Nashville’s Schermerhorn Symphony Center had its formal opening last night, a symphonic shindig to celebrate the opening of the country’s newest center for classical music.
The $123.5 million Center is a welcome addition to downtown, expanding the center of downtown gravity of downtown in a more southerly direction and closer to the Cumberland River.
It was interesting to see how–or if–any country-sounding notes would play in this stately hall on opening night. Bela Fleck, who might be described as a banjo soloist, played with a trio in an especially commissioned concerto. The Tennessean’s reviewer of the evening, Evans Donnell, wrote: “While the piece could have been more potent in a shorter timeframe, it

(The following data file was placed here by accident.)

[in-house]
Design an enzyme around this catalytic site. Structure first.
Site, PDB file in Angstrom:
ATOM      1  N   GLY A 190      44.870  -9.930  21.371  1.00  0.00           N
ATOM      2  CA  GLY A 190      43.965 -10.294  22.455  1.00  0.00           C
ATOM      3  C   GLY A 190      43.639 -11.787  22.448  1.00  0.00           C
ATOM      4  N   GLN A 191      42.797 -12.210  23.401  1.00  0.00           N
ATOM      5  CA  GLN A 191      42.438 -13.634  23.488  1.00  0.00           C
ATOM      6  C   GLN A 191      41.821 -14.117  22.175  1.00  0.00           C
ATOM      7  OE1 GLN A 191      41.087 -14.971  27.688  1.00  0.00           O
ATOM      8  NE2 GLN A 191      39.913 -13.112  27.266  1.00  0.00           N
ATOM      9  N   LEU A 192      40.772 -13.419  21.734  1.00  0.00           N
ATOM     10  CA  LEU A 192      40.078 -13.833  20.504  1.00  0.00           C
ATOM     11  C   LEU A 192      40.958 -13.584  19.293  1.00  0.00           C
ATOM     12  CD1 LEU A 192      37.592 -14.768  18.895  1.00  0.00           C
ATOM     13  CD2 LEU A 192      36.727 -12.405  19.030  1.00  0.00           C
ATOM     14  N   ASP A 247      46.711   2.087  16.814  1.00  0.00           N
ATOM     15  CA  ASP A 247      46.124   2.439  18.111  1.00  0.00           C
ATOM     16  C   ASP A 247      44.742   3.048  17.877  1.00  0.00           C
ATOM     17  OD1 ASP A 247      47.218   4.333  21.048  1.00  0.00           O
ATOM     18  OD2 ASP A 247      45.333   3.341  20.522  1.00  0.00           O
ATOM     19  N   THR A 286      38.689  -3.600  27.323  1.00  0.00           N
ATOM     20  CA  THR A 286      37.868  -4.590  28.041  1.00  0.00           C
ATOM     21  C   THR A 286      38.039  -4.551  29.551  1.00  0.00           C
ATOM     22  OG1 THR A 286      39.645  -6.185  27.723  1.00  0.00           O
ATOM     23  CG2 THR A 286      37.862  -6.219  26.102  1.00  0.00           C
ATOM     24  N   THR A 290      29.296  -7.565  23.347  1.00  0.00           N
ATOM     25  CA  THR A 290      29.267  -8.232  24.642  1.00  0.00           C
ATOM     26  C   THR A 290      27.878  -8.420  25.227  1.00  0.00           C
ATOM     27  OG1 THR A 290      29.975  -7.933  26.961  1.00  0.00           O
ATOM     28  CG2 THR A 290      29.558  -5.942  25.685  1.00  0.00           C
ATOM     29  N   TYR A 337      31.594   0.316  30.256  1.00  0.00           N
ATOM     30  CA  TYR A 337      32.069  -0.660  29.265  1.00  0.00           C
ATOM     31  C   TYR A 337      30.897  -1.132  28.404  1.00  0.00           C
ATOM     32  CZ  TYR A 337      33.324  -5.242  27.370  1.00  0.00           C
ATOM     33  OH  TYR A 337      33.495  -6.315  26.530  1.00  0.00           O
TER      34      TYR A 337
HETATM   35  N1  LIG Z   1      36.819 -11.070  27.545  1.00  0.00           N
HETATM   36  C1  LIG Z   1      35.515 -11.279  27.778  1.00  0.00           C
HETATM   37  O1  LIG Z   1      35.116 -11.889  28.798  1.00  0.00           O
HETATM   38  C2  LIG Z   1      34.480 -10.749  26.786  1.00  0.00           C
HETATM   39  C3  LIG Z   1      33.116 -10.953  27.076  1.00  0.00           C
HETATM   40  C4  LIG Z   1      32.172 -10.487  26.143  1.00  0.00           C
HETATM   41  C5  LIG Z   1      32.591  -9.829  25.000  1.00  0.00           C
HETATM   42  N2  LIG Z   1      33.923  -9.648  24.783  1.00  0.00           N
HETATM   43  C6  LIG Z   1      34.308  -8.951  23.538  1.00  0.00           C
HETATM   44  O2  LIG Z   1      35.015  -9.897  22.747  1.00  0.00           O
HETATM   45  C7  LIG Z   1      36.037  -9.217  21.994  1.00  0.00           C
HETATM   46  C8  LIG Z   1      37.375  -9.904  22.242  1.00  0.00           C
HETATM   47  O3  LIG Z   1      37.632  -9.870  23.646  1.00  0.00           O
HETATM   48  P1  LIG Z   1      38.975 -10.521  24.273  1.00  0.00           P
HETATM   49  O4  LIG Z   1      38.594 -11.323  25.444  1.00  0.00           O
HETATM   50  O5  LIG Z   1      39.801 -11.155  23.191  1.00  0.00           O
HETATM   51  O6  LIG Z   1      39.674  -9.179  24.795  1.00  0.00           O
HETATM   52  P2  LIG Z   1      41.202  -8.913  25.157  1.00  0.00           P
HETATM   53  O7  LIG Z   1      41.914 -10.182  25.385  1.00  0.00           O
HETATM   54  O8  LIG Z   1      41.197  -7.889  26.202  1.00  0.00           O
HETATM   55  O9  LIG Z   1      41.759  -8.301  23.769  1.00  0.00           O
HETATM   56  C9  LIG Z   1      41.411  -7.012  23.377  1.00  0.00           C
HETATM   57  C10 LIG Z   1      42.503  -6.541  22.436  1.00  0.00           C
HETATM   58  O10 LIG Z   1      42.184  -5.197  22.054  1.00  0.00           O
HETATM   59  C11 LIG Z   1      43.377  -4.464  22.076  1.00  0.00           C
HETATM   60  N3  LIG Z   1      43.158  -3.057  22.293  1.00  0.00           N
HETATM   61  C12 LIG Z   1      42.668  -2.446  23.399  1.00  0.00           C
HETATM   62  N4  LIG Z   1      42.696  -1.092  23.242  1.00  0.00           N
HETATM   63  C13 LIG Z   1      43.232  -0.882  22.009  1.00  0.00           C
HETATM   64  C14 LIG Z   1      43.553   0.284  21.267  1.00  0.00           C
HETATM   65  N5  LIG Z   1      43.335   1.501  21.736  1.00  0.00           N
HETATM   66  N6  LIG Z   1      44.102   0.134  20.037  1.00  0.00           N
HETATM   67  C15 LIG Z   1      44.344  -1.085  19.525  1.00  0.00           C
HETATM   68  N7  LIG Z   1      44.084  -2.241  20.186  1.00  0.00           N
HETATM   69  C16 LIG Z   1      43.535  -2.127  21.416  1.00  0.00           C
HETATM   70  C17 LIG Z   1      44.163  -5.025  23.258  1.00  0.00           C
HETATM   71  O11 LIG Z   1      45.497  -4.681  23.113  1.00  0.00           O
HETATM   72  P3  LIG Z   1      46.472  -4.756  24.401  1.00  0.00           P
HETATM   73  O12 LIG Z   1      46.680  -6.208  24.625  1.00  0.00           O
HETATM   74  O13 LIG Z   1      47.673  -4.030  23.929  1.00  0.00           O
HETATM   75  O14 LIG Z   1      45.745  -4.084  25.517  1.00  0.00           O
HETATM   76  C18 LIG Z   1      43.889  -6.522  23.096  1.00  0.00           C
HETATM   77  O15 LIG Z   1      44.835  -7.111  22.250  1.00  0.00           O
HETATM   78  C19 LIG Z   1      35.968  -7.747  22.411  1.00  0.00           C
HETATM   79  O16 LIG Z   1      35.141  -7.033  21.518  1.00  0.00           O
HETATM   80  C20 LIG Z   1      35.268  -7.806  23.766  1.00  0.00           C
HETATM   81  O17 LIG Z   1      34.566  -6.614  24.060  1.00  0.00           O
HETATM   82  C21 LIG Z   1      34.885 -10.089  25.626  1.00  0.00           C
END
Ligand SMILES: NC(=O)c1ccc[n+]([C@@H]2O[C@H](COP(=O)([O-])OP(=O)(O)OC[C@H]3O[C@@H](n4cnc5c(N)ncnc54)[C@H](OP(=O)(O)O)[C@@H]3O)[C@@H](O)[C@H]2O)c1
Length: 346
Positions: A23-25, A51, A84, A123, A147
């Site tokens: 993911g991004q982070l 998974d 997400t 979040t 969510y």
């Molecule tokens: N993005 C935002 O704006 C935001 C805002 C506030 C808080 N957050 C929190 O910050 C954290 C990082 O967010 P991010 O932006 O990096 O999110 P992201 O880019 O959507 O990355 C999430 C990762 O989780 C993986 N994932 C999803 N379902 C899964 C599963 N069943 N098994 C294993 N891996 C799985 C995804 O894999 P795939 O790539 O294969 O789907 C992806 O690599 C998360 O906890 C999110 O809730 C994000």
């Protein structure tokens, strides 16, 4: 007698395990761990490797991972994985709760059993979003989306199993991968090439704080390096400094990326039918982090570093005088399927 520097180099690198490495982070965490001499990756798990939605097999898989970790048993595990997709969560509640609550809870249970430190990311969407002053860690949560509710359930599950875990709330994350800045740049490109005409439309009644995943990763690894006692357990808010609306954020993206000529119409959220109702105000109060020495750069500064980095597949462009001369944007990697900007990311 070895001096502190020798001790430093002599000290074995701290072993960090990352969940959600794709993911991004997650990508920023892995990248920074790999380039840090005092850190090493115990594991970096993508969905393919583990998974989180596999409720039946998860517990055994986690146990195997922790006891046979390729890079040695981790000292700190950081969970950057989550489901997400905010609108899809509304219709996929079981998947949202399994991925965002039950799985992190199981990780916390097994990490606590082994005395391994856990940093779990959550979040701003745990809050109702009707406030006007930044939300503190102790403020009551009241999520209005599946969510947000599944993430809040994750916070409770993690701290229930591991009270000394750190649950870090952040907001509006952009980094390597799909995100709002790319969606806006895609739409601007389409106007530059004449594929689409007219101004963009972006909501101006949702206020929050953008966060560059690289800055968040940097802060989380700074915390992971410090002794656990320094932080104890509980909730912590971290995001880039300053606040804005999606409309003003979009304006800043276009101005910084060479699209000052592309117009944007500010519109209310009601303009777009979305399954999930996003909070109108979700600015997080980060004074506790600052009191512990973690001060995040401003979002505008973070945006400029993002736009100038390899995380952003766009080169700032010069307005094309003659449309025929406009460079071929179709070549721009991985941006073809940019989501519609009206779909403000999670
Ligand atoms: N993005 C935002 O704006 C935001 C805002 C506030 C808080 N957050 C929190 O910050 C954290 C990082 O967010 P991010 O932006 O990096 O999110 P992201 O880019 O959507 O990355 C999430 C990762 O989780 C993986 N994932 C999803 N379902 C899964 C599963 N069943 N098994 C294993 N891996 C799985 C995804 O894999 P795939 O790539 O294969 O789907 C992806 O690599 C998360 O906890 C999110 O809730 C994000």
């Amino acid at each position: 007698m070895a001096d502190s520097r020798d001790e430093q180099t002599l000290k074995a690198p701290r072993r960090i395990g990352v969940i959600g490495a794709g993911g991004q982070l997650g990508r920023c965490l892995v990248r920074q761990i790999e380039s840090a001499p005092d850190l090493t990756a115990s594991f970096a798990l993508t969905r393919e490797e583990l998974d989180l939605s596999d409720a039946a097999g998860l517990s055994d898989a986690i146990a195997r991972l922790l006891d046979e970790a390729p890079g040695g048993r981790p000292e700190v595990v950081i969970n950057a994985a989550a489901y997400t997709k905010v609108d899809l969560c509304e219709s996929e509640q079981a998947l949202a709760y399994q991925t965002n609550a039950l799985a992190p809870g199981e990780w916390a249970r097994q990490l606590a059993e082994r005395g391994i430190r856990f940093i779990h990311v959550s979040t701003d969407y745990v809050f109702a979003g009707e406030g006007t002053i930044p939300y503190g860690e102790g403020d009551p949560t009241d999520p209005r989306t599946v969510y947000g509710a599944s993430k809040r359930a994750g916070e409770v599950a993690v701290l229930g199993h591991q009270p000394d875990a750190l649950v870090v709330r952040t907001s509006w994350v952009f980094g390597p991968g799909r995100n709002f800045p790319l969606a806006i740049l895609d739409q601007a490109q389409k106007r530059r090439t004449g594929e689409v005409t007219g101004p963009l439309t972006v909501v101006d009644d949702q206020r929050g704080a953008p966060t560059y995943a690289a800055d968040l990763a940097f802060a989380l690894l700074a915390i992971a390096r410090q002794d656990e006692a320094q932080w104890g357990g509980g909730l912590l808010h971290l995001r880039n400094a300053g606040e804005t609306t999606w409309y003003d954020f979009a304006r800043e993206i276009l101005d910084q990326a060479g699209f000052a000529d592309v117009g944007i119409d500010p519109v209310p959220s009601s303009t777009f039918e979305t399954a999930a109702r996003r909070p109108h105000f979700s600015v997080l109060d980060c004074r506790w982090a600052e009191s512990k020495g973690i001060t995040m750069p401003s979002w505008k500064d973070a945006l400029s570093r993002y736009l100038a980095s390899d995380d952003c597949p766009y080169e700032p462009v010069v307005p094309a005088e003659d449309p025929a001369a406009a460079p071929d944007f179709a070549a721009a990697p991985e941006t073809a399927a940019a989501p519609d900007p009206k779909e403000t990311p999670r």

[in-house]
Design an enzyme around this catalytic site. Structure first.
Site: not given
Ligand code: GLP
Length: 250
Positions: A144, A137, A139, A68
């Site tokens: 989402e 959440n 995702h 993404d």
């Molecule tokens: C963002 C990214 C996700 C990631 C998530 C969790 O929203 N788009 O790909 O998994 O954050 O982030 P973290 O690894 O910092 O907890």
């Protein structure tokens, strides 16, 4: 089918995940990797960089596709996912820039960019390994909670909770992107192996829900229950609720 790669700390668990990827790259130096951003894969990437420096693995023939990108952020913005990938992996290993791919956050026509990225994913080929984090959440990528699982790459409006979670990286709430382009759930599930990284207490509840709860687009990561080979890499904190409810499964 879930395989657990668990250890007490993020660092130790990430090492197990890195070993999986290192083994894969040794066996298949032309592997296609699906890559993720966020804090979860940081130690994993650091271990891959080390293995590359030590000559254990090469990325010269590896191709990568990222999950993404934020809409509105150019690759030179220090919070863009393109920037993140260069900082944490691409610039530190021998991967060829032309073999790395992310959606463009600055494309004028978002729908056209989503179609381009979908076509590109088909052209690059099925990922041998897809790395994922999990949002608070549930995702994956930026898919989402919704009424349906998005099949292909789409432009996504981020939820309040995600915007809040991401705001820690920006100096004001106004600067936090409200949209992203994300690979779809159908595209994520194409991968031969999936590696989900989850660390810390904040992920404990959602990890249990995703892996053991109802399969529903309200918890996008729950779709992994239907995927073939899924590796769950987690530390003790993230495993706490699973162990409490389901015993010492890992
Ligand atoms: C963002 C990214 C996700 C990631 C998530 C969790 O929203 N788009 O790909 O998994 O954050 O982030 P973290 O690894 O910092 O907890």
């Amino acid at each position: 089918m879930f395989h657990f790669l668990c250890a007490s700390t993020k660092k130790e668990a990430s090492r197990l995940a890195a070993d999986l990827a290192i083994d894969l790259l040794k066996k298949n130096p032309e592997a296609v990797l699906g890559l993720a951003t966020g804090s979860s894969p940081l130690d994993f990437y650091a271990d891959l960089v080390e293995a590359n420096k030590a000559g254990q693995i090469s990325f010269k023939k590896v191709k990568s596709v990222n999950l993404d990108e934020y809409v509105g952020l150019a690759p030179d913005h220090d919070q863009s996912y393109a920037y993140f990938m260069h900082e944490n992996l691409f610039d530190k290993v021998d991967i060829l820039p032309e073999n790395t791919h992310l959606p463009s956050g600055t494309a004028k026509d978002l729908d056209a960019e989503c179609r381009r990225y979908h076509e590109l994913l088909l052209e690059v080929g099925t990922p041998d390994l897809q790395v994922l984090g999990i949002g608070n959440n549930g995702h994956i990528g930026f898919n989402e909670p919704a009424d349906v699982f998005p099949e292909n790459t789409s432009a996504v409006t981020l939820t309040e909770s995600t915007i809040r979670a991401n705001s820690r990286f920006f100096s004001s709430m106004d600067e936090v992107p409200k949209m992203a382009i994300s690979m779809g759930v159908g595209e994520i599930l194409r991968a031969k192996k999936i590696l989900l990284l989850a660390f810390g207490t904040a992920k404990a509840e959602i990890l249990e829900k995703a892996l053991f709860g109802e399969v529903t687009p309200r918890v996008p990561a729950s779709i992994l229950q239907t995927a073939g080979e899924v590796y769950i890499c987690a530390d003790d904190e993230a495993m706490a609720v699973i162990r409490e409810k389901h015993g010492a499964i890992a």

nevertheless mixed some moments of lively earthiness with haunting
passages of ethereal beauty.”
Ethereal beauty. There’s a phrase for the music and for the building.
The News-Sentinel reports on hotel construction in and around Knoxville with the news that travelers want something more than a cookie-cut, franchise overnight stay.
Twenty-two new projects are underway, some updated versions of tired motels and others serving i[ brand new construction. What travelers want, according to the piece, is “indoor room entrances and more upscale bathrooms and bedding.”
Absolutely. The last time I spent the night in a Knoxville area motel, the bathroom was a stark chamber with a crumby sink with so little counter room that I wound up putting my toilet kit on the floor. Yet this was a “deluxe whirlpool room” that cost me something like $140.
Travelers also want interesting things to see and do outside of the play they rest their heads, ideally within walking distance. I’ll be watching and reporting on downtown hotels and what they offer.